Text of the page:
Thom Pastor is the husband of breast cancer survivor and last week’s TdC survivor highlight subject, Krista. Thom has been an active part of the Bend cycling community for quite some time, and has made a point of being an active supporter of the TdC in the past few years. In 2013, Thom (a professional chef), hosted a fundraiser dinner that was auctioned off for several hundred dollars at our July event. Here Thom has graciously and openly shared how cancer has affected him, as the spouse of a survivor, and how his experience relates to this special event. As mentioned in last week’s post, we find the Pastor family’s story inspiring in that they were both so willing to share how they each tackled this new reality in their lives, together. Because cancer is such an engrossing, enveloping disease, it not only hits those of us who are admitted to cancer care regimens. Rather, our entire families are diagnosed on day one, and how we handle this diagnosis together makes perhaps the most difference of all. Thank you, again, for sharing your journey, Krista and Thom. We are so happy to have you both riding with us, and thriving, again.
“’Start where you are. Use what you can. Do what you can.’ Arthur Ashe originally spoke those words and there are none better to describe my relationship with Tour des Chutes.
I first rode Tour des Chutes in 2008. My wife was years from being diagnosed and only did it to cross a 100 miler off my bucket list.
The daughter of my wife’s best friend had recently beat cancer and one of my work friends was also a survivor. I thought it’d be a kind gesture to ride in their honor, and armed with a sharpie that’s what I did. I’ve ridden each year since making 2015 my 7th ride. Despite those connections, I didn’t feel the gravity of the event for many years.
Three years ago I wasn’t riding with a vague connection anymore. The 2012 TdC was the first my wife Krista ever attended. It was her first year as a survivor and didn’t get to ride. She was only about one month down the road to recovery, still in very bad condition. Still, one of the volunteers made her day by giving her a yellow rose.
Out on the road I was in a weird headspace. Normally a chatty ride I wasn’t talking to anyone. A few hours into it I fell in with two guys about my fitness level. This was the first year my wife’s name was the one I sharpied. At some point one of the strangers asked how she was. I choked out a few words. Somehow my goal of finishing the ride under 5 hours came out and they decided to help. They didn’t say anything, they just rode with me and we traded pulls for about 50 or so miles. Two friends helping a stranger, near silence, for hours.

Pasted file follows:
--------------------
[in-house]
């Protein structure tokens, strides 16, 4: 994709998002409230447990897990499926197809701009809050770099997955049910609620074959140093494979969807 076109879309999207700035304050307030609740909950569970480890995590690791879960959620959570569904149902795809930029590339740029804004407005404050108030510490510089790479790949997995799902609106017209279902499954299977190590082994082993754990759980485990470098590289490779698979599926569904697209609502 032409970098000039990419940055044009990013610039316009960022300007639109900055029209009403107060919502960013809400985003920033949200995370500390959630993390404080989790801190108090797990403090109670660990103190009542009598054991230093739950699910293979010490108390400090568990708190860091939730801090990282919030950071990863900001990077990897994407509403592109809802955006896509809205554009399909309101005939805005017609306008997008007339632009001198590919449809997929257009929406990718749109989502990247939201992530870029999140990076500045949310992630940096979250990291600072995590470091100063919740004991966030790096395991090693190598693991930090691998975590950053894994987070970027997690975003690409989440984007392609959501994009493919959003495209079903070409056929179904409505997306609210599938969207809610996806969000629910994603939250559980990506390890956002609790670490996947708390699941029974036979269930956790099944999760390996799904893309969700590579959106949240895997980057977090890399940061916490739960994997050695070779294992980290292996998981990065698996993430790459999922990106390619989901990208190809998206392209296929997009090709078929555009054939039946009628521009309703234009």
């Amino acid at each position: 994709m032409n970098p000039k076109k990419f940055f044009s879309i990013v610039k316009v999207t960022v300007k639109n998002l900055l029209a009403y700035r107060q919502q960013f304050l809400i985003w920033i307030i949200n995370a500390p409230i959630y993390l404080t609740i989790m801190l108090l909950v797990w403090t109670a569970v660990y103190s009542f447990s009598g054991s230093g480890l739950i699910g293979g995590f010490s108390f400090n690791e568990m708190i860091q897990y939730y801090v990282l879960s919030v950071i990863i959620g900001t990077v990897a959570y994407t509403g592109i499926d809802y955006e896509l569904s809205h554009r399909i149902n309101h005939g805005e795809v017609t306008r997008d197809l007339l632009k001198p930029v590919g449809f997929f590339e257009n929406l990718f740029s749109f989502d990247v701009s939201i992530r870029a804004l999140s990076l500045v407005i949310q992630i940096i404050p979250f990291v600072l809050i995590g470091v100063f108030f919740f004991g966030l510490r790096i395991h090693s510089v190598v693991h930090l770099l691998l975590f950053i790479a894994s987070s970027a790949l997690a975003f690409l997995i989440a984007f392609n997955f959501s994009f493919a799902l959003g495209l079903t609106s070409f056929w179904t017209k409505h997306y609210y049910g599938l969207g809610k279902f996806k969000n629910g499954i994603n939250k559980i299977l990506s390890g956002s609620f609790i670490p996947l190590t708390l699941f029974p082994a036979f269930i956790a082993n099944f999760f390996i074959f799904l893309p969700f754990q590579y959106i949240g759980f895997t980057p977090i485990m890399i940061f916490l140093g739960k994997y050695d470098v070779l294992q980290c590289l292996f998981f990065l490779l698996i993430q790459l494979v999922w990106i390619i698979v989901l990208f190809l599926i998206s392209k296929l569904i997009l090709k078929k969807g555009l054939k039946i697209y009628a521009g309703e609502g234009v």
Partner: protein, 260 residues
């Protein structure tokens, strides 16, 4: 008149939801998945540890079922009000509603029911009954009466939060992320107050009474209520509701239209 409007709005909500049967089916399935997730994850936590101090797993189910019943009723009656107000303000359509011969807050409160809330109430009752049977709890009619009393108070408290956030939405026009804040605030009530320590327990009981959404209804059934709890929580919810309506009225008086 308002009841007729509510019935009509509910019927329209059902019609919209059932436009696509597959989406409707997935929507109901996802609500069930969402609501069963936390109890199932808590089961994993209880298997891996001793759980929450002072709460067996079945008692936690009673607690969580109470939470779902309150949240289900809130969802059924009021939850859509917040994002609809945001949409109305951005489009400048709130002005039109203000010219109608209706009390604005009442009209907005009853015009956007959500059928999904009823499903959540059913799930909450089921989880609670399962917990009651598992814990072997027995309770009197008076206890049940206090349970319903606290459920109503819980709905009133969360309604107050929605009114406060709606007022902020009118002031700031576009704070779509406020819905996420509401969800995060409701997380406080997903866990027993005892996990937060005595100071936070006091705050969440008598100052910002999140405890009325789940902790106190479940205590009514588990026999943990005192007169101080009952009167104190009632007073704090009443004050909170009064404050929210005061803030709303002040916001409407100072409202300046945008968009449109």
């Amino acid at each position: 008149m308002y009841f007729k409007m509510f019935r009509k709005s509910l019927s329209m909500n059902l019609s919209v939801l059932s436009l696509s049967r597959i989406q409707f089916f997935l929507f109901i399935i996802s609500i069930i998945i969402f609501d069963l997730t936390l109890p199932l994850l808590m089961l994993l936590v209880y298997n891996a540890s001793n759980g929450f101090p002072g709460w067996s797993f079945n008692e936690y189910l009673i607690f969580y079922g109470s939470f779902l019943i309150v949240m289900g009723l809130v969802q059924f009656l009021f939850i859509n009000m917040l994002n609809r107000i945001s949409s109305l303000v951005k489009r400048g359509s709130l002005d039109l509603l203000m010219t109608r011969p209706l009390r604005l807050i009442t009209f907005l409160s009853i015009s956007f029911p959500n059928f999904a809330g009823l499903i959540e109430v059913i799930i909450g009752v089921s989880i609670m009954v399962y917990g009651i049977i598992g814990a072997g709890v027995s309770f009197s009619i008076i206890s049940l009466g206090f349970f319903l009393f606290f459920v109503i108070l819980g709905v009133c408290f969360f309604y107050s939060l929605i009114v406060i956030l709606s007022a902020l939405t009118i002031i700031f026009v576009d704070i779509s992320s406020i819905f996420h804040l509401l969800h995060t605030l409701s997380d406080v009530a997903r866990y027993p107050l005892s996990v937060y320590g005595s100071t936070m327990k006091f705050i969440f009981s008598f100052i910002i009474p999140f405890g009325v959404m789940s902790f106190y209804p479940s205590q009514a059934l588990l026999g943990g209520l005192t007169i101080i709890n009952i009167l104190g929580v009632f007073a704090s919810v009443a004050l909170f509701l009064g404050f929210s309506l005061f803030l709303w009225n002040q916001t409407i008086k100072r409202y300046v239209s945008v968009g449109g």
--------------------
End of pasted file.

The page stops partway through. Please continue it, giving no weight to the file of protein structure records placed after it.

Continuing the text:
I only realized they were holding back to help me after we started climbing just past Tumalo Park. Maybe they sensed I needed to be alone, maybe they were bored, but they wished me well on my time goal and Krista’s health…Then dropped me like a rock. They were gone up the road and I was alone.
Many people say it’s healthy to have a good cry every now and then. Just wait until you’re by yourself climbing in the summer heat with 90 miles behind you and 10 to go. I passed some survivors, got passed by other survivors, and read every name on every bib. I was thankful my sunglasses and sweat hid the tears. It was cathartic in the truest sense. It’s what I needed, and continue to need.
Checking the clock at the finish, it was 11am. I couldn’t believe I hit my time goal exactly on the button. I saw the two guys a bit later and thanked them. I think we hugged, but I’m not sure because one thing TdC has is plenty of sweaty, stinky hugs. It’s hard to keep track. I found Krista sitting on a swing, frustrated, sad, and determined to ride the next year.
In 2013 she did ride, and continues to. Not yet the 100 miler, but one year she will.
Start where you are.
I plan to help pull her through her first 100 mile Tour des Chutes.
Use what you can.
I’ll probably drop her on the final climb, though. Sometimes the biggest rewards come from lone pursuits. It’s not about speed, it’s about the journey.
Do what you can.”